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Mozambican Grass Seed Consumption During the Middle Stone Age

Science  18 Dec 2009:
Vol. 326, Issue 5960, pp. 1680-1683
DOI: 10.1126/science.1173966

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Abstract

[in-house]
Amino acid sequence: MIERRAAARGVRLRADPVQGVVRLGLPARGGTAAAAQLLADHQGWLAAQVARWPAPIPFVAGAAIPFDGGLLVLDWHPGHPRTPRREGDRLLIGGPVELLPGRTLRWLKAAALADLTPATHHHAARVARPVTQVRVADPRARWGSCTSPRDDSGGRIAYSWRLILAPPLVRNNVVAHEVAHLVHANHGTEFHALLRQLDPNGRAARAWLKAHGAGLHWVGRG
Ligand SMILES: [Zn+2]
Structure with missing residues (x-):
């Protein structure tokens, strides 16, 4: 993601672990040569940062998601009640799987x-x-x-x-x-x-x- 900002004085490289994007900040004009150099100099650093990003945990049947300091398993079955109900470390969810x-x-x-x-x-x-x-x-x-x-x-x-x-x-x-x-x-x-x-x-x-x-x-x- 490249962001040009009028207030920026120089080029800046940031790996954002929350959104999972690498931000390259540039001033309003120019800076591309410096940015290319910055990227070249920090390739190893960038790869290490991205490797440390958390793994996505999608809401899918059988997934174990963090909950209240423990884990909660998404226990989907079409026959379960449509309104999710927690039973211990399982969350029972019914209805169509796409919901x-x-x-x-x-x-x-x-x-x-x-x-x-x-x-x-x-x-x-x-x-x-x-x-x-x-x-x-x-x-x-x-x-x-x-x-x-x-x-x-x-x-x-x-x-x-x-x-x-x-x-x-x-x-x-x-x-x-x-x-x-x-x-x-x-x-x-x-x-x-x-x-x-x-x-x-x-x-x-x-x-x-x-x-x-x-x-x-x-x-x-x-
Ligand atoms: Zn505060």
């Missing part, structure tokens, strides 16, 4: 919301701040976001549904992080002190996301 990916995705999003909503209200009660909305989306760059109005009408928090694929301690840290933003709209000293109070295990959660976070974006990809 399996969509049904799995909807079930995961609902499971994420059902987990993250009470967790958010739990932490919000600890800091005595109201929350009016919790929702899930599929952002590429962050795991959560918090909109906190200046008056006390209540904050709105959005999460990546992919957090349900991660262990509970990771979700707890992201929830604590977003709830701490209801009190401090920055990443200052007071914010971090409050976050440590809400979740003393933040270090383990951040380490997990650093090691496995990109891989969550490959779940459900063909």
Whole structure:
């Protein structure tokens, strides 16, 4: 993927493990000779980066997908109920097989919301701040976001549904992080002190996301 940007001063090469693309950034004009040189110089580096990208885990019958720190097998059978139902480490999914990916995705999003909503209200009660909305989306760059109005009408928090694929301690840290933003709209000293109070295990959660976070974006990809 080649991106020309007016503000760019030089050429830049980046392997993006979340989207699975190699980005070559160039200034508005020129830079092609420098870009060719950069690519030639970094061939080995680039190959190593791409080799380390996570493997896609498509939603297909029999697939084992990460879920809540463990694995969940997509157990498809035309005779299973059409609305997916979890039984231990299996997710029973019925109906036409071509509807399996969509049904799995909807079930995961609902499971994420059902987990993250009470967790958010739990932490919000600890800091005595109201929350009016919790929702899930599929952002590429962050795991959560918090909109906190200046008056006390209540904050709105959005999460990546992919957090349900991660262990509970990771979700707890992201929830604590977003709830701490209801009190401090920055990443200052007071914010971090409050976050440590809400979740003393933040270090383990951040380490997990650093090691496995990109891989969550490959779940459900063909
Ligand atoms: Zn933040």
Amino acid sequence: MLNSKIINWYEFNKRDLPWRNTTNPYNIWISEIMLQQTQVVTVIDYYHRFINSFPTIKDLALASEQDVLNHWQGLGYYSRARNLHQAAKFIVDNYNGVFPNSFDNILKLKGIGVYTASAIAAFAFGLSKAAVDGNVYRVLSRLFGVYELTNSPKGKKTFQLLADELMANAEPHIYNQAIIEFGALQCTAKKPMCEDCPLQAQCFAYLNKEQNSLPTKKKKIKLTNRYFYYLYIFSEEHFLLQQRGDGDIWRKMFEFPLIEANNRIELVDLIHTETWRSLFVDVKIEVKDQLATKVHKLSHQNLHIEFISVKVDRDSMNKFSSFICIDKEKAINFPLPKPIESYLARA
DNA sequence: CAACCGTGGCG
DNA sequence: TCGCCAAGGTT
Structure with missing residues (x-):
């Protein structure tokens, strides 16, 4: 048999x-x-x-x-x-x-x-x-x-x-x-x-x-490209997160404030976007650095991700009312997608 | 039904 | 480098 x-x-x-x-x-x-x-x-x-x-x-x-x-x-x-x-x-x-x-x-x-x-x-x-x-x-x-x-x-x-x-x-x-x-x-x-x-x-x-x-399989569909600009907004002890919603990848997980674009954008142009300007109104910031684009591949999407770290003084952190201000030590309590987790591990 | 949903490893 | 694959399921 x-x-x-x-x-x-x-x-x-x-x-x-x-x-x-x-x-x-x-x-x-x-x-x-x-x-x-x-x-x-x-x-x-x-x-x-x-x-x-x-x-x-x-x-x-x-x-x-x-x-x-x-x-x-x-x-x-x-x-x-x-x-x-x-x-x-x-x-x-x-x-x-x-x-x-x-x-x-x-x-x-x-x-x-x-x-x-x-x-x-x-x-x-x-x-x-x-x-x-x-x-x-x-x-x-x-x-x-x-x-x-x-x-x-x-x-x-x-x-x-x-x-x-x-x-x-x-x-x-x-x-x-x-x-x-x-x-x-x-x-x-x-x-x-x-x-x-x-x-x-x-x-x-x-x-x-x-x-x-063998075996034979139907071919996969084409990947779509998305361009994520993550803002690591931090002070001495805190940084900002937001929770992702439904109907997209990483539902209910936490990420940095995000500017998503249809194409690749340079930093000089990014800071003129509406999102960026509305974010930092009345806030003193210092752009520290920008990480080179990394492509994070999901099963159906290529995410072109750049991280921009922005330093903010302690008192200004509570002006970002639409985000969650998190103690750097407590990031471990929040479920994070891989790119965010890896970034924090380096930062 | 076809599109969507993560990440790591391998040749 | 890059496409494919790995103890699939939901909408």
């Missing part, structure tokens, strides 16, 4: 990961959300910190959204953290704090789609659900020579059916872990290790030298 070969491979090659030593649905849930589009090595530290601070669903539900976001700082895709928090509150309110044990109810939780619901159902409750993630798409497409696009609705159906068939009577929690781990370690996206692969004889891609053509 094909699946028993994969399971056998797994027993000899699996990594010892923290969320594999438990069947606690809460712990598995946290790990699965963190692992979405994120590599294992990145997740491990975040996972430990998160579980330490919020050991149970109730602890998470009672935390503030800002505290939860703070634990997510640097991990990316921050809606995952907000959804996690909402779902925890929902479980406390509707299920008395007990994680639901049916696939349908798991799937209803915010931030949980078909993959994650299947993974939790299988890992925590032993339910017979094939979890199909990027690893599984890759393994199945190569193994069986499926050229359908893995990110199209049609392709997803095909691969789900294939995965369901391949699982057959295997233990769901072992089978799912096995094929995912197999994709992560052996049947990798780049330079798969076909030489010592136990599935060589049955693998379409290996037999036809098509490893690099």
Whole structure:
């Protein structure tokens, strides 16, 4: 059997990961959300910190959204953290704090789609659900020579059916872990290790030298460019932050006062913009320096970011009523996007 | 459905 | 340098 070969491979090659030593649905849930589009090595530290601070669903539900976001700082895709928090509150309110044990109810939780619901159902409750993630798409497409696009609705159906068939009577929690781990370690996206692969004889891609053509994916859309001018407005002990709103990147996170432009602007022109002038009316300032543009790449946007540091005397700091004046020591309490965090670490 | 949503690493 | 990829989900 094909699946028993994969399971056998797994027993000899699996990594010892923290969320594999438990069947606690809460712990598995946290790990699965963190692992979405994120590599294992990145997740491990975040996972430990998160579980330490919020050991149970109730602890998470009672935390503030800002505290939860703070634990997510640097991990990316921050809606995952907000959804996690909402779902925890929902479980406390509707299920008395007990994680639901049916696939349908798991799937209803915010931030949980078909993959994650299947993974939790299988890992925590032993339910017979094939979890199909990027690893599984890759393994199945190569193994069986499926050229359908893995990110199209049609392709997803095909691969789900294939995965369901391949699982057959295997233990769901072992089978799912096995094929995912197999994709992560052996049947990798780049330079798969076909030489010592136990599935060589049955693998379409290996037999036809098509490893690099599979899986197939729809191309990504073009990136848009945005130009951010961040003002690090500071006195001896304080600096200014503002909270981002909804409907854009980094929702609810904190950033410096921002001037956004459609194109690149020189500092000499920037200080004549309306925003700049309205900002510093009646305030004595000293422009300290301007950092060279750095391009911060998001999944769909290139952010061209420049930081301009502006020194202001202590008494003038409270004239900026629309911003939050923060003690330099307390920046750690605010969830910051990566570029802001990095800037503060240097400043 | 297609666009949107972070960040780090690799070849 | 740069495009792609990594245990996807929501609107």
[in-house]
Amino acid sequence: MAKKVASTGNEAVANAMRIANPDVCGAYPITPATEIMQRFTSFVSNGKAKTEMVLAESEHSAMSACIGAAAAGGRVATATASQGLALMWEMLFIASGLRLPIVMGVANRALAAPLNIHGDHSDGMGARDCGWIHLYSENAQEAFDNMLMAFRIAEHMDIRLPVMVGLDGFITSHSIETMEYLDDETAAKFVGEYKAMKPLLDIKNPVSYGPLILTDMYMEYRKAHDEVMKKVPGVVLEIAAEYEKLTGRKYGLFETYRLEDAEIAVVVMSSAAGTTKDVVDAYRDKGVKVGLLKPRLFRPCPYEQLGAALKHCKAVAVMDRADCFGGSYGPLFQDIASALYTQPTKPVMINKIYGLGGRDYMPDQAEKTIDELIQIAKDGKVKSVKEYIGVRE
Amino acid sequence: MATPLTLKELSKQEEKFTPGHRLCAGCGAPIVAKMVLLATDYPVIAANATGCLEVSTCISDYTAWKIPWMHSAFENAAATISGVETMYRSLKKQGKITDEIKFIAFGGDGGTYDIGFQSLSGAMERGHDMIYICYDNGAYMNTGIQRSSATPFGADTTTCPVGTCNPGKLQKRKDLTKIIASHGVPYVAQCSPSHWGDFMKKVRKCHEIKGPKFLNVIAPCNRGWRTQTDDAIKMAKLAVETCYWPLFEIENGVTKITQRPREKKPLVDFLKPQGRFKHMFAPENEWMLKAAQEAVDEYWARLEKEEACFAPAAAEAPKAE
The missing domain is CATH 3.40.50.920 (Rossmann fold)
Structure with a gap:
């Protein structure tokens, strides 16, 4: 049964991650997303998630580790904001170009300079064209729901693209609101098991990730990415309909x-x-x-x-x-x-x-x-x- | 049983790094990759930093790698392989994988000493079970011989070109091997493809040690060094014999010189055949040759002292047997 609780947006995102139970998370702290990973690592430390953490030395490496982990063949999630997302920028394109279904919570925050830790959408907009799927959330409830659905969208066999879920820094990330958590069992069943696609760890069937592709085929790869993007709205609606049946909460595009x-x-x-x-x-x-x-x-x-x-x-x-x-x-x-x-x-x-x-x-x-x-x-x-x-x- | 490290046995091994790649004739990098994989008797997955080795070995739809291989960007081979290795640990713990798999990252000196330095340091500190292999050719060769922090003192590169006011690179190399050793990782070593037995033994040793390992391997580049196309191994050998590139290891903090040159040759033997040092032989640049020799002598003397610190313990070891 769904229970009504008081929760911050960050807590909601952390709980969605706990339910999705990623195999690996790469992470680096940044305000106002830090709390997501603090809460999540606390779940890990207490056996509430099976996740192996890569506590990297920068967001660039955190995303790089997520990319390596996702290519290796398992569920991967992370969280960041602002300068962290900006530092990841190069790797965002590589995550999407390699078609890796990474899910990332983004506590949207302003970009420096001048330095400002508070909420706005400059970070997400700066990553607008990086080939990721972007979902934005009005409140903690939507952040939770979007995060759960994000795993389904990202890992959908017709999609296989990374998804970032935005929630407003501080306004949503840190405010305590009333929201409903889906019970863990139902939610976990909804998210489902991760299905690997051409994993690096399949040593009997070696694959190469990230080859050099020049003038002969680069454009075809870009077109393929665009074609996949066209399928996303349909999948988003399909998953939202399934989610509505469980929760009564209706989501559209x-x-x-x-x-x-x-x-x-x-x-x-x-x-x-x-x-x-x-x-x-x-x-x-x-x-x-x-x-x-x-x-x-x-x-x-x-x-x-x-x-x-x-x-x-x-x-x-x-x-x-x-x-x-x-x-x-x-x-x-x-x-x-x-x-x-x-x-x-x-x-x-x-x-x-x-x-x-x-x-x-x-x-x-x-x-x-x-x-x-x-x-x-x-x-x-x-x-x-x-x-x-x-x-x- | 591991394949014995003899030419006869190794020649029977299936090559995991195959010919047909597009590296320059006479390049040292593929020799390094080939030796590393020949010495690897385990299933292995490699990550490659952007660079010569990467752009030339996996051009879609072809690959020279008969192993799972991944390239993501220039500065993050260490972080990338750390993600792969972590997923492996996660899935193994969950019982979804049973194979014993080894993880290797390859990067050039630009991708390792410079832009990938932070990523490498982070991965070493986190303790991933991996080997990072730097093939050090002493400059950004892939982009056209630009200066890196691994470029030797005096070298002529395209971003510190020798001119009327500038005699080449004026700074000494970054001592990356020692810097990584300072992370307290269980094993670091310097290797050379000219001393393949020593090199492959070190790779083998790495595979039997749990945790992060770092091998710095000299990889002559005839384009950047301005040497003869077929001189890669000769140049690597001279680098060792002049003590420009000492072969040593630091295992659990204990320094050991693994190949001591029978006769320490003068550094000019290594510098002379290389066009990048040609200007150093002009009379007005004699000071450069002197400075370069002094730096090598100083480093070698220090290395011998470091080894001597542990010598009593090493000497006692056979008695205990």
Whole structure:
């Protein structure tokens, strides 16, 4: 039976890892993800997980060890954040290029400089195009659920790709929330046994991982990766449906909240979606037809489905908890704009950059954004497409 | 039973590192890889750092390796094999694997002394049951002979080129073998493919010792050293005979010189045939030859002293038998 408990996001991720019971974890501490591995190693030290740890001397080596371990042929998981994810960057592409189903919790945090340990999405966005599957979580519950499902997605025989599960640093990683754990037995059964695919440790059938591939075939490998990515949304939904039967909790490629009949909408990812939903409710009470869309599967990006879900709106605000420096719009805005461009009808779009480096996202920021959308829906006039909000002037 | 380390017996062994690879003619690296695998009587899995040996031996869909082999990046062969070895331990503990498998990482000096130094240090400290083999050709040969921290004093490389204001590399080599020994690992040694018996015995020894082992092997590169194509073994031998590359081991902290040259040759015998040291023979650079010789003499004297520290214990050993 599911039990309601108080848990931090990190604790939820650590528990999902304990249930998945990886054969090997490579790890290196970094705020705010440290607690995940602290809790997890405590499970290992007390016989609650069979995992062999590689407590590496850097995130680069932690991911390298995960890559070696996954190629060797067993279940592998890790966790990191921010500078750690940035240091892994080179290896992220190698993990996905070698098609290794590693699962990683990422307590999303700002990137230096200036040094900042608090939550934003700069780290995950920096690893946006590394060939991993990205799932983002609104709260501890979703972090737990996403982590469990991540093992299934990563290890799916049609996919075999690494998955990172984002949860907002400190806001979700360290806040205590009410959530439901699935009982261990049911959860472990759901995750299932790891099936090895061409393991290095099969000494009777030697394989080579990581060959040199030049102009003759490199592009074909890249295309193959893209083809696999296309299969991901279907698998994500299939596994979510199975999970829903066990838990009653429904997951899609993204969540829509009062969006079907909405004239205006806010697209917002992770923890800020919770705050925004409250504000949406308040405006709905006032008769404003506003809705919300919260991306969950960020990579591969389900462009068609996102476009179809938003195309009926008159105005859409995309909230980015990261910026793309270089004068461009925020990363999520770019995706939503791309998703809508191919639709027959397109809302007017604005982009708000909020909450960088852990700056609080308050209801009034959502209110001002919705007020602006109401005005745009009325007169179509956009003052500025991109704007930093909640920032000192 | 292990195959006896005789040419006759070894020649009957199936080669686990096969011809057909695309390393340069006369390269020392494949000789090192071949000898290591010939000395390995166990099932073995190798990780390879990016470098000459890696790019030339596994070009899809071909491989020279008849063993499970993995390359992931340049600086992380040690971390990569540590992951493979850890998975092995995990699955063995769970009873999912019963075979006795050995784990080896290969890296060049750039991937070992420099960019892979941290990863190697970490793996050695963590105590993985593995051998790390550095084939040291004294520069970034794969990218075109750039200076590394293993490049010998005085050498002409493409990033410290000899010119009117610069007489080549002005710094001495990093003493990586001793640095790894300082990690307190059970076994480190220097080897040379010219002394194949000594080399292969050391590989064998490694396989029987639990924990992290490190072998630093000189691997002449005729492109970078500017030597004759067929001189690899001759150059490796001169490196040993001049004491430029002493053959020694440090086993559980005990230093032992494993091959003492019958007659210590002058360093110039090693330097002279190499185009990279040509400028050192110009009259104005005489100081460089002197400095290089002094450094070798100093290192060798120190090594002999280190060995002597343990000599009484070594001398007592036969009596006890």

The role of starchy plants in early hominin diets and when the culinary processing of starches began have been difficult to track archaeologically. Seed collecting is conventionally perceived to have been an irrelevant activity among the Pleistocene foragers of southern Africa, on the grounds of both technological difficulty in the processing of grains and the belief that roots, fruits, and nuts, not cereals, were the basis for subsistence for the past 100,000 years and further back in time. A large assemblage of starch granules has been retrieved from the surfaces of Middle Stone Age stone tools from Mozambique, showing that early Homo sapiens relied on grass seeds starting at least 105,000 years ago, including those of sorghum grasses.

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